“We know each other so well, and we pay attention to each other’s movements. We can read off one another, if something goes wrong,” explained Sifers of his teammates. “Everyone loves to take a shot in the chest, if you have to. [It’s] definitely a group effort. The aggressiveness and discipline of our penalty kill is just top notch.”

Sifers said the improved defense is a function of each skater having a well-defined role. “We each know what we need to do when we’re out there,” he said. “We know who we are playing against. We really work together with our forwards with a lot of talk and so much commitment to blocking shots and getting the puck out [of the defensive zone] when we need to.”

Sneddon, who coached 10 seasons at Union as both an assistant and head coach prior to arriving at UVM, summed up Sifers’ qualities with nothing but praise for his steady blueliner.

“Jaime is the toughest player I have coached. He does all the little things very well. He sacrifices his body to make plays, he finishes every check, he blocks shots, and he competes every shift,” Sneddon said. “He does have talent to go along with that toughness, which makes him one of college hockey’s best defensemen. … He represents all that is good about college hockey: toughest competitor, hardest worker, and yet a true gentleman.

“[He] steps on the ice and is willing to do anything to help the team win,” the coach continued. “He steps off the ice and is willing to do anything to help out a friend, a member of the community, a sick child. He is a great person and that makes him a great captain.”

As evidence of his team-first attitude and tremendous leadership qualities, Sifers doesn’t cite his only goal this season, a once-in-a-blue-moon, top-shelf, breakaway tally, as his best moment wearing green and gold. Instead, harkening back to last season, he is most proud of the way the team responded, overcoming a one-game deficit on home ice in the ECACHL quarterfinals to advance to the league’s Final Four at Pepsi Arena.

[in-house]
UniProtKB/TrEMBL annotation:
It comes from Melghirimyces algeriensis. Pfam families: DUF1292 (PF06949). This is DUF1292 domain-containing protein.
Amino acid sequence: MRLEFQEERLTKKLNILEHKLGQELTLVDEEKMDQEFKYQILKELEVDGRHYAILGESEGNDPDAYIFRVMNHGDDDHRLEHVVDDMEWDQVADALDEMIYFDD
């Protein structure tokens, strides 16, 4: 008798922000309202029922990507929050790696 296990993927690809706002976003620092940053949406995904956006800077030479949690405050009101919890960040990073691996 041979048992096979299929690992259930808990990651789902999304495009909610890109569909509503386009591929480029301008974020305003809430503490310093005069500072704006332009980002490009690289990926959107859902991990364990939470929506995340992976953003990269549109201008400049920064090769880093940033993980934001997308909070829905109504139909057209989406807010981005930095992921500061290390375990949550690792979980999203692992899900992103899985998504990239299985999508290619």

“Last year, going into the playoffs, we had the first-round bye, and it was a lot of pressure on us,” he said. “Everyone else was looking ahead to Albany. We still had a strong Dartmouth team coming in, our biggest rivals. It was a good test for me and the other leaders of the team just to keep everyone focused. Everyone did such a great job.”

Sneddon and his staff knew they could rely on Sifers then, as they do now. “His ability to play off the coaching staff, as well as read the team, is a quality that makes him so special as a leader,” he said. “Jaime and I talk all the time about the team, how things are going in the locker room, problems, energy level, etc. He is a direct link between the staff and the players. There is no one that I trust more than my staff and Jaime.”

Last season, Sifers was named an ECACHL second-team all-league selection and the conference’s Best Defensive Defenseman. He was also a semifinalist for the Walter Brown Award, given to the top American-born college player in New England. Sifers is also among the nominees for this year’s Hockey Humanitarian Award, presented to college hockey’s finest citizen.

What does Sneddon see in Sifers’ future?

“I know he will be successful in whatever he aims to achieve. He has the ability to be a great pro player, a great businessman, a great family man, and a great community leader. Don’t be surprised — he will be all that and more.”